The male begins courting the female during the first half of October. Food plays an important part in the courting process. He attempts to win the female bird’s favour by catching all kinds of food. The male, will actively call to the female after a successful hunt, to present his prize to her. Once the female has been won over, coupling takes place in the thick vegetation of the forest. The coupling process is fleeting lasting only a second or two. Coupling is repeatedly performed for a few days. I was privileged to take images of the birds coupling.

The male presenting the fe-male with a tasty lizard after a successful hunt during courtship

Coupling in the thick vegetation.

I had the pleasure of watching them excavate their nests from scratch. From a starting position on the ground the male start the process by flying into the chosen embankment at full speed hitting the same spot every time with his beak, until a small mark appears on the embankment. Every time he hits the embankment the male grabs a bit of soil spitting it out on his way down. As soon as a small hole appears the female starts helping the male to deepen the hole. This process is repeated over and over until they have created a foothold. After a foothold is created the pair start chiseling a tunnel into the embankment, clearing out the lose soil with their feet. The construction of the nest may take a day or more, depending on the soil conditions. They may dig more than one hole to start off with, and only later choose one to breed in.

Excavating a nest

The tunnels are 40 to 60 cm deep, with a small chamber at the back where the female will lay and incubate her eggs. This chamber is also the place where they will feed and raise their young. The female lays 4 to 6 white eggs and incubation lasts 16 to 18 days. The male helps with the incubation process. They alternate about every 2 hours, allowing the other partner to hunt.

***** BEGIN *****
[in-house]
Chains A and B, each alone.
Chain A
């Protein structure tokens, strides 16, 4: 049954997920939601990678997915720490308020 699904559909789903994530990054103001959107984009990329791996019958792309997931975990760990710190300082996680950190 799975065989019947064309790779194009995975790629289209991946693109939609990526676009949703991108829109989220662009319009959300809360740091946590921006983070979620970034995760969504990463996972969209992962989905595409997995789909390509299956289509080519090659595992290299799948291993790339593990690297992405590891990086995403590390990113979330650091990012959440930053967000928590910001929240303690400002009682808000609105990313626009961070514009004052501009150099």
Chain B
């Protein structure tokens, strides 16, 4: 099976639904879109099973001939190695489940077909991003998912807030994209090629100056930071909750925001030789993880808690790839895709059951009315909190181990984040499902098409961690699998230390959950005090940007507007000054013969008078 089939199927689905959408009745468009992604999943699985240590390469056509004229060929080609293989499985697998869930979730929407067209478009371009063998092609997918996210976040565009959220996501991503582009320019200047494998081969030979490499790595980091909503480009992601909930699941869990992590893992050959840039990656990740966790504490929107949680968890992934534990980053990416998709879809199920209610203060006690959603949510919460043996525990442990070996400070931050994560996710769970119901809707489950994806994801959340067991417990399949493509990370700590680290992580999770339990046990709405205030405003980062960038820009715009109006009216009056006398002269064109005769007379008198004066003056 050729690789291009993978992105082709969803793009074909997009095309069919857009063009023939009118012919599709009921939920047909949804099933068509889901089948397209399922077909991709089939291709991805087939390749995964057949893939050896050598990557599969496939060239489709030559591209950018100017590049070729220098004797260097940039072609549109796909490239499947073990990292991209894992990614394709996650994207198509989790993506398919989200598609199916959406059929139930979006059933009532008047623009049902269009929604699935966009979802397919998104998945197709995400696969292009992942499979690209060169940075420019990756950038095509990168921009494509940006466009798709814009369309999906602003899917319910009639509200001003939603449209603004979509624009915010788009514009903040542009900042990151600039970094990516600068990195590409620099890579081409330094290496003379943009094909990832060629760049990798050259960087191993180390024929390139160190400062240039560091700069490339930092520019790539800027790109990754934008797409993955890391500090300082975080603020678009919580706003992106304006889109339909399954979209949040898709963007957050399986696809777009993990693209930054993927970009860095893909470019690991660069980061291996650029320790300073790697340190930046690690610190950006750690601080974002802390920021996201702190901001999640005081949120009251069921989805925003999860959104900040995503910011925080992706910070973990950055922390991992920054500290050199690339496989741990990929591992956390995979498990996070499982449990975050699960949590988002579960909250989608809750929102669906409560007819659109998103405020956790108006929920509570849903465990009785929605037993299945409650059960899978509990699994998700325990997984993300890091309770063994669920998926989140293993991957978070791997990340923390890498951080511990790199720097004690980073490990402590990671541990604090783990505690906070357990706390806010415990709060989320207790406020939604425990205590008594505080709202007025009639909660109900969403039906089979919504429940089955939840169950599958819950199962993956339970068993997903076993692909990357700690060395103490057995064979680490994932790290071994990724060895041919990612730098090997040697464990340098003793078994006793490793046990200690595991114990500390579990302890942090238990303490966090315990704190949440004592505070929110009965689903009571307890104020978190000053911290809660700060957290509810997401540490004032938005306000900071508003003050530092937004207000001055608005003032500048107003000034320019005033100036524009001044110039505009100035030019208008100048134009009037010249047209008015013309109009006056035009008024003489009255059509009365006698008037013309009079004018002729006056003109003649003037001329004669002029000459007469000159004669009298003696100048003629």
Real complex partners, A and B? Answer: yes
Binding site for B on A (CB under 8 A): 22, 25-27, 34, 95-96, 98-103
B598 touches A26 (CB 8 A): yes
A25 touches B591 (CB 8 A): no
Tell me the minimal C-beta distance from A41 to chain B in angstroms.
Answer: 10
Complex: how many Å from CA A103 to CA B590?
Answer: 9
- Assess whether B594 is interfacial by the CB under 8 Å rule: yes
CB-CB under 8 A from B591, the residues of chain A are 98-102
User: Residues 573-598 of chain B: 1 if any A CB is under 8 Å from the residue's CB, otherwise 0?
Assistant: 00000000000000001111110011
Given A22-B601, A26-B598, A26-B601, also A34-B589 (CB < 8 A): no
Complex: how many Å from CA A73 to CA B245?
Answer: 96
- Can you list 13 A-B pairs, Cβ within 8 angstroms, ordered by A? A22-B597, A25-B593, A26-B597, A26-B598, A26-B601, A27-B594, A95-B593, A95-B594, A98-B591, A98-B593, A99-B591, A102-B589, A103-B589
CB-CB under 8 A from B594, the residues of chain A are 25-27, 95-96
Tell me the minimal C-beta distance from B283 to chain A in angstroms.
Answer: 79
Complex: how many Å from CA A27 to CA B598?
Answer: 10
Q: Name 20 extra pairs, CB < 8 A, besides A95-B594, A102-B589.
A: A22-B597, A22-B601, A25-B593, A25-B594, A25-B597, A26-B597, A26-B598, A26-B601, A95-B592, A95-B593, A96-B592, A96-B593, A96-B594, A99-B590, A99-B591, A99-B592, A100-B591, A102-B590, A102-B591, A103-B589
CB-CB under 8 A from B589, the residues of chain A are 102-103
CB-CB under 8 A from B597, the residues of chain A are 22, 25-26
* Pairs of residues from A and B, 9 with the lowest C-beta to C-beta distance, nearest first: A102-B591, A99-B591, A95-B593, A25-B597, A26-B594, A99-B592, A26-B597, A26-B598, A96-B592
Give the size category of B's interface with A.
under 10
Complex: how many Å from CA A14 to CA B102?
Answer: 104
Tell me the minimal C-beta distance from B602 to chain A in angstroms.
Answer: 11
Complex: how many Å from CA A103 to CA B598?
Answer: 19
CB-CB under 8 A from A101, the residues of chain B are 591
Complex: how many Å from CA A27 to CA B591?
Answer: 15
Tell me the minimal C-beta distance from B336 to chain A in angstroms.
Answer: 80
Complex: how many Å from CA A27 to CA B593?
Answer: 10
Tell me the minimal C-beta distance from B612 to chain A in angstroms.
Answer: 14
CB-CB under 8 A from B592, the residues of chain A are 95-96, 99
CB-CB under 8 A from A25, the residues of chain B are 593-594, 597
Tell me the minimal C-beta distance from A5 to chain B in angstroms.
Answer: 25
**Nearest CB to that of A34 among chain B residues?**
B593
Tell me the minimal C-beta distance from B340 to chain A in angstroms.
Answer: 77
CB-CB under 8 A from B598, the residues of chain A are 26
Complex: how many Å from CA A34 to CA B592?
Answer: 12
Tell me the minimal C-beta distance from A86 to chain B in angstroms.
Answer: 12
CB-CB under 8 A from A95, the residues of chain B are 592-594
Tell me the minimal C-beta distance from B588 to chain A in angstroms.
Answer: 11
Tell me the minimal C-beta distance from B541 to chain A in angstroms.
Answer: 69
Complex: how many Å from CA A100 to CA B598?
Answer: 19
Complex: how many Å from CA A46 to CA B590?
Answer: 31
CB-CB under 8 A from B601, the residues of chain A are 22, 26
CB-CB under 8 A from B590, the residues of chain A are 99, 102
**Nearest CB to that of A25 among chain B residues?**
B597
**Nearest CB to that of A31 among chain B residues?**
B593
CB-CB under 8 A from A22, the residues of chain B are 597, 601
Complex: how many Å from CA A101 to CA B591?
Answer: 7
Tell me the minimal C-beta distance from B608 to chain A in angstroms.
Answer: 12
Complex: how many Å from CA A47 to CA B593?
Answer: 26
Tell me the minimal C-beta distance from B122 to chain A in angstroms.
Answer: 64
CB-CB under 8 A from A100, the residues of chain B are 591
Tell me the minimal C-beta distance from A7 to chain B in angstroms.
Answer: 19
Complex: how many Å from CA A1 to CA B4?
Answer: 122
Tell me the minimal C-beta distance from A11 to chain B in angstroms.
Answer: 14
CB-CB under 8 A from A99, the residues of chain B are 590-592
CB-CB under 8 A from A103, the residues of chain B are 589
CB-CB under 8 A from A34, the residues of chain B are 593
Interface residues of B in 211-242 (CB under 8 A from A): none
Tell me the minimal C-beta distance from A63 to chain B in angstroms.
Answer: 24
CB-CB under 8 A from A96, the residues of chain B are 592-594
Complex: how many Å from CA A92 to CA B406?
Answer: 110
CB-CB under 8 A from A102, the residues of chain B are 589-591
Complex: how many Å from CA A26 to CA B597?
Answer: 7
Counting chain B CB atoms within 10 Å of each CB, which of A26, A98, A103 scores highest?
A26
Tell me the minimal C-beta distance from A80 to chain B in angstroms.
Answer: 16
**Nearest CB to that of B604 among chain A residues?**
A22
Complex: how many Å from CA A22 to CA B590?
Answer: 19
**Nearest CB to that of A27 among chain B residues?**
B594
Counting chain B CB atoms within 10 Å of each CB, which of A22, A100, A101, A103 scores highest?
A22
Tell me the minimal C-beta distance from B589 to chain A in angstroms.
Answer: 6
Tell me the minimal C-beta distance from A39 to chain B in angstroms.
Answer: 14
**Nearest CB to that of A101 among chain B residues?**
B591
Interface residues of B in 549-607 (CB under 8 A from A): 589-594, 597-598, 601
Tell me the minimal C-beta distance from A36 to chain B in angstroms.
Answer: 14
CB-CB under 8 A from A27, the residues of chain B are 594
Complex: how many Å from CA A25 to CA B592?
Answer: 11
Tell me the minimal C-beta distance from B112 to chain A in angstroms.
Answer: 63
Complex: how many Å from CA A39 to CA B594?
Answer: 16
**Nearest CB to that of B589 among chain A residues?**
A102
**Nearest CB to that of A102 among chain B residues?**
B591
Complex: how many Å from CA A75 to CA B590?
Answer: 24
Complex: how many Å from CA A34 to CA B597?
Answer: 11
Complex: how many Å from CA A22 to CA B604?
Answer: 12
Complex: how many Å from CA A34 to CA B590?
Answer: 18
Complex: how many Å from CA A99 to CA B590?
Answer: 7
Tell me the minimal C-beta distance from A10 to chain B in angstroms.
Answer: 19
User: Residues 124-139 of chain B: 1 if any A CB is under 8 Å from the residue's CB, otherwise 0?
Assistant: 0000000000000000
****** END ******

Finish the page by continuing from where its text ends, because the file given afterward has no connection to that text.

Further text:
The birds normally breed once during the season. I have however observed during the 2012 and 2013 seasons that some of the pairs have bred twice. The second breeding spell commences early in the New Year. The arduous journey north must be really hazardous for the hatchlings that are raised during the second half of the breeding season, as these hatchlings have to undertake this journey during March when they are still very young.

On a warm Sunday morning during December 2013, I was attempting to photograph the adult African Pygmy Kingfishers on their way to the nest while feeding their young. I was seated in my vehicle intently watching a favourite perch used by the adult birds as a lookout post, before they would venture close to the nest. Due to the heat all the windows of my vehicle were open. I felt something lightly bumped into my shoulder. To my amazement I found a tiny black-billed juvenile African Pygmy Kingfisher sitting next to me on the passenger seat of the vehicle. The little fellow must have left the safety of his nest for his maiden flight and entered my vehicle through the open window and collided with my shoulder while I was intent on photographing his parents on the opposite side of the vehicle. I immediately decided that I will not pass on this opportunity to photograph a juvenile African Pygmy Kingfisher. I closed the windows of my vehicle and transported him to my home close-by where I took him indoors to take some photographs. Within a couple of minutes he was completely at home and he even climbed onto my fingers without any hesitation. After the photo session was completed I took him back and released him in the custody of his parents. This was a wonderful present I received during the Christmas period that year.